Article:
Friday, 27 June 2014

Time and Place

Triskele writers share their passion for time and place, plus some favourite books which have all three.

Barbara Scott Emmett

Why Rimbaud and the journey of his missing manuscript? Why there and why then?

Two French poets – mad, drunk, scruffy and wild – how could anyone resist them? I fell in love with Rimbaud the first time I saw a picture of him in a display about his time in Camden Town with his lover Paul Verlaine. When they fled to London they left behind both Verlaine’s young wife and Rimbaud’s long poem La Chasse Spirituelle. According to Verlaine it was the best thing Rimbe ever wrote. Sadly, as it’s been missing for over a hundred years, that can’t be verified.

But what if someone found it? My speculations about this possibility suggested the main idea for Delirium: The Rimbaud Delusion.

I first visited Rimbaud’s home town in 1993 and have visited several times since. Charleville-Mézières is an ordinary medium sized town in Northern France, pretty without being spectacular, neat and bourgeois and full of civic pride. Rimbaud hated it – and said so (often scatalogically) in his letters. The idea of setting the main part of my novel there was irresistible. I loved the idea of the bizarre goings-on and hallucinatory experiences of the narrator, Andrea, being set against this formal and slightly conservative backdrop. Most of the places Andrea visits do really exist – the quiet river Meuse, the cobbled main square, the public gardens near the station – and in every one of them something strange happens. I set the novel in 2004 because that was the last time I went there and the town was starting to become more modern, more generic. I wanted to pin Charleville-Mézières in place before it changed any further though, inevitably, imagination and distorted dreams will have transformed the town into my own version of it.

Which book from your shelf do you feel demonstrates a strong sense of time/place?

The 18th century Venice of Scherzo by Jim Williams is quite possibly not at all like the real thing but it is a wonderful version of it. Hallucinatory and filled with intrigue, La Serenissima hides in the mists and miasmas that hover over her canals and seep into her alleyways; her citizens creep through her streets cloaked and masked. Dark deeds are performed by hidden hands and mystery abounds. Scherzo is ostensibly the story of a murder and its investigation but it is so much more; it is the evocation of a particular time and a particular place brought to life in more fascinating detail than mere brute reality could provide.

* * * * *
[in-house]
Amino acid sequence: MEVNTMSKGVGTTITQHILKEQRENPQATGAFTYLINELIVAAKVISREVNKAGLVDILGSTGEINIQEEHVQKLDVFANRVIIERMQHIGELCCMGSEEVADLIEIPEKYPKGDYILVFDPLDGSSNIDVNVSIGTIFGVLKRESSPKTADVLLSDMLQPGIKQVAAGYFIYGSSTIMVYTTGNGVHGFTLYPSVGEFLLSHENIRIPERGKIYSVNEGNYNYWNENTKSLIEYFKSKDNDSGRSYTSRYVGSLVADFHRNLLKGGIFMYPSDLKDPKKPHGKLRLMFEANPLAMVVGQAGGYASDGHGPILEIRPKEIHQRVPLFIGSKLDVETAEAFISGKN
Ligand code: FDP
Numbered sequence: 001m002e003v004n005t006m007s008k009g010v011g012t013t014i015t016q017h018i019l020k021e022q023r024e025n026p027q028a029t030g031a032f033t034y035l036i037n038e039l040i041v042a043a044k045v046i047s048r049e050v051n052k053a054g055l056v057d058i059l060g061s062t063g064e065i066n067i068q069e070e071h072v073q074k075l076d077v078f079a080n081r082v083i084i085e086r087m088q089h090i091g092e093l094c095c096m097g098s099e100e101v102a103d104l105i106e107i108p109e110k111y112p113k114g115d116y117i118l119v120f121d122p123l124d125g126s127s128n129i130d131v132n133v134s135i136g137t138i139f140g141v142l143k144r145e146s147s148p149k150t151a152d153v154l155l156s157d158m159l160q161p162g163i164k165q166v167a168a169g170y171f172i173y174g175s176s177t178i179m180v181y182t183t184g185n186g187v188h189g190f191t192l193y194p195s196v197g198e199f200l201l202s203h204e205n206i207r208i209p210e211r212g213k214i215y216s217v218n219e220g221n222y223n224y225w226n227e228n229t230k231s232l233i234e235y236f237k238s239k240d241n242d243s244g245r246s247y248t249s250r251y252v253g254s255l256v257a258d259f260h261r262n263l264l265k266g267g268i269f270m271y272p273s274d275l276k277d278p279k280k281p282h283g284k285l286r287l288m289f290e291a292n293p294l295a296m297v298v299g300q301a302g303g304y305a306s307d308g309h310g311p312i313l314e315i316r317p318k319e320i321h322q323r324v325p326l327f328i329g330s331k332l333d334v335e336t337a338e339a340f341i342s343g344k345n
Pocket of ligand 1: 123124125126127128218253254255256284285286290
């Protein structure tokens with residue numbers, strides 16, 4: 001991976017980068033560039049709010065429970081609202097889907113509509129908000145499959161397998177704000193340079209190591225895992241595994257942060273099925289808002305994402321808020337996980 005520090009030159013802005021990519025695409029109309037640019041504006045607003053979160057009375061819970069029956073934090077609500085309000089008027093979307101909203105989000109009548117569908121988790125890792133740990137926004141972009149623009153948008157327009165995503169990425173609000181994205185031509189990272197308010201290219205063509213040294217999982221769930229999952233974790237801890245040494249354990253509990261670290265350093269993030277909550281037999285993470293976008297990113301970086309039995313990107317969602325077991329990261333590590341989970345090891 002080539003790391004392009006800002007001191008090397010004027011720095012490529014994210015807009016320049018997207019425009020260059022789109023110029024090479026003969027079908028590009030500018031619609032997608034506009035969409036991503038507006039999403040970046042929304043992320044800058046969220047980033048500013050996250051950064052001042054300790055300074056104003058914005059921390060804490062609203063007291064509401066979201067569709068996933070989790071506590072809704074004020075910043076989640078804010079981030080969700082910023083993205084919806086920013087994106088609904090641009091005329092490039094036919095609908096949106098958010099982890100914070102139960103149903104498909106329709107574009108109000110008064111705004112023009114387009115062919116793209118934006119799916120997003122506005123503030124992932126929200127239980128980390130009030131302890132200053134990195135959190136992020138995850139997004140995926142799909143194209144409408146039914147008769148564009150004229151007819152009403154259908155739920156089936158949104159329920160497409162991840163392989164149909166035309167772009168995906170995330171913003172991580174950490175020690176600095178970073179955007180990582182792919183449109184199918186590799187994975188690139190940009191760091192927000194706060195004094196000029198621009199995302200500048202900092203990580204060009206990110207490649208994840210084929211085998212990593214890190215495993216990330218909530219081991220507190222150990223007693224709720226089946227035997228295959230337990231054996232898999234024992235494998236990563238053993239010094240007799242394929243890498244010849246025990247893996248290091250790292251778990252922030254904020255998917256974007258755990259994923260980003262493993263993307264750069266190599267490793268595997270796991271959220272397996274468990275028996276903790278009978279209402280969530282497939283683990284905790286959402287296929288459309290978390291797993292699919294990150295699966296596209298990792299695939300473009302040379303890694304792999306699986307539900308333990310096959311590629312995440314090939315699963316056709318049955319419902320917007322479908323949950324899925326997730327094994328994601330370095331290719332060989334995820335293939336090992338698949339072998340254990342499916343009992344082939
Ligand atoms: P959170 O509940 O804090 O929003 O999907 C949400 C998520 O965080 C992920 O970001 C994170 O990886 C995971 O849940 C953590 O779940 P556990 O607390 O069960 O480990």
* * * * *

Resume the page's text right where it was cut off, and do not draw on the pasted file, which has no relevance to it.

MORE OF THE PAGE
Catriona Troth

Is heritage and ancestry an important theme for you?

Maybe because I had such a peripatetic childhood, I always have a sneaking suspicion that people with deep connections to their roots have something that I’m missing. It would certainly explain why I identify so strongly with my Welsh heritage, even though I am only half Welsh, have never lived in Wales and don’t really speak the language. My grandmother (my ‘nain’) lived with us when I was growing up, so I heard Welsh being spoken all the time and could follow the gist of a conversation. I grew up with Welsh stories and the poetry of Dylan Thomas – and above all, with the (sloe black, Bible black) Welsh humour ringing in my ears.

So, yes, to actually answer the question, I do like to explore how characters connect with – or kick against, or try to rediscover – their various backgrounds.

Which book from your shelf do you feel demonstrates a strong sense of time/place?

A sense of time and place is something that I really connect with when I am reading a book. But I am going to pick one that maybe not so many people have heard of – and I choose it, not least because the author, like me, became a Canadian immigrant. It’s The Cowards by Josef Škvorecký.

The Cowards is set in a little town on the border between Slovakia and Germany, in the dying weeks of the Second World War. It perfectly captures what it’s like to be a teenager - self-obsessed, image conscious, writhing with hormones and muddled ideals. When all that comes hard up against the brutal realities of war, it’s as if Holden Caulfield has walked into the pages of Catch 22. It’s a book that deserves to be much, much better known.

Gillian Hamer

Is there any particular reason you choose to set your novels around North Wales and the island of Anglesey?

My dad has always loved North Wales. We think it's in the genes as his family are supposed to be from there originally. We ventured onto Anglesey when I was about ten. The first holiday I got mumps and it rained every day. Not the best start. But with good weather, nowhere in this country can beat the island. I adore the sea. It has echoes of Cornwall, the most stunning scenery, and an immense amount of history and legend which appeals to me as a writer. I find it so much easier to relax and write up there. Besides, it's a better option than writing about Birmingham!